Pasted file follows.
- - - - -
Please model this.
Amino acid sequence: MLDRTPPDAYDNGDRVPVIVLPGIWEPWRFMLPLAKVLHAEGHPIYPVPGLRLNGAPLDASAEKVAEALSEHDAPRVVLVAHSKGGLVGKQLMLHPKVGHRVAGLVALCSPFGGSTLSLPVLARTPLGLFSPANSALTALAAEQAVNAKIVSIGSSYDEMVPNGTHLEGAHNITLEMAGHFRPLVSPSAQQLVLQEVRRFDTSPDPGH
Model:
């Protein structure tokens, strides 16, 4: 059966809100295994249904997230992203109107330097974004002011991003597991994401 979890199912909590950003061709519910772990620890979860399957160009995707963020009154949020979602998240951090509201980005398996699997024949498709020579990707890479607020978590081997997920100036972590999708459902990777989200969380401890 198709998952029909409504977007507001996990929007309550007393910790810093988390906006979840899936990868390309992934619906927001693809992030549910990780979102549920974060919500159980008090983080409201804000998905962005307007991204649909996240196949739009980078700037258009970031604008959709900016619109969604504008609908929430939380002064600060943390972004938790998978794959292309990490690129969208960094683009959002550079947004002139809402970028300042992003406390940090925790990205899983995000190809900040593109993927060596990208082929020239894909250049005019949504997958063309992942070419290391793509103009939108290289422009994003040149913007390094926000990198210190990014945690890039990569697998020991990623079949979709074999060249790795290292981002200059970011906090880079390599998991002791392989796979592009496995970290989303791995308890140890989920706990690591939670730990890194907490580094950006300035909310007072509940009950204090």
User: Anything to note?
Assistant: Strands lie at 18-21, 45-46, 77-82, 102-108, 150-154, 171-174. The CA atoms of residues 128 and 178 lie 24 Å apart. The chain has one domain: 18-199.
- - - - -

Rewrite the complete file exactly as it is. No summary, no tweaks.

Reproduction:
Please model this.
Amino acid sequence: MLDRTPPDAYDNGDRVPVIVLPGIWEPWRFMLPLAKVLHAEGHPIYPVPGLRLNGAPLDASAEKVAEALSEHDAPRVVLVAHSKGGLVGKQLMLHPKVGHRVAGLVALCSPFGGSTLSLPVLARTPLGLFSPANSALTALAAEQAVNAKIVSIGSSYDEMVPNGTHLEGAHNITLEMAGHFRPLVSPSAQQLVLQEVRRFDTSPDPGH
Model:
């Protein structure tokens, strides 16, 4: 059966809100295994249904997230992203109107330097974004002011991003597991994401 979890199912909590950003061709519910772990620890979860399957160009995707963020009154949020979602998240951090509201980005398996699997024949498709020579990707890479607020978590081997997920100036972590999708459902990777989200969380401890 198709998952029909409504977007507001996990929007309550007393910790810093988390906006979840899936990868390309992934619906927001693809992030549910990780979102549920974060919500159980008090983080409201804000998905962005307007991204649909996240196949739009980078700037258009970031604008959709900016619109969604504008609908929430939380002064600060943390972004938790998978794959292309990490690129969208960094683009959002550079947004002139809402970028300042992003406390940090925790990205899983995000190809900040593109993927060596990208082929020239894909250049005019949504997958063309992942070419290391793509103009939108290289422009994003040149913007390094926000990198210190990014945690890039990569697998020991990623079949979709074999060249790795290292981002200059970011906090880079390599998991002791392989796979592009496995970290989303791995308890140890989920706990690591939670730990890194907490580094950006300035909310007072509940009950204090």
User: Anything to note?
Assistant: Strands lie at 18-21, 45-46, 77-82, 102-108, 150-154, 171-174. The CA atoms of residues 128 and 178 lie 24 Å apart. The chain has one domain: 18-199.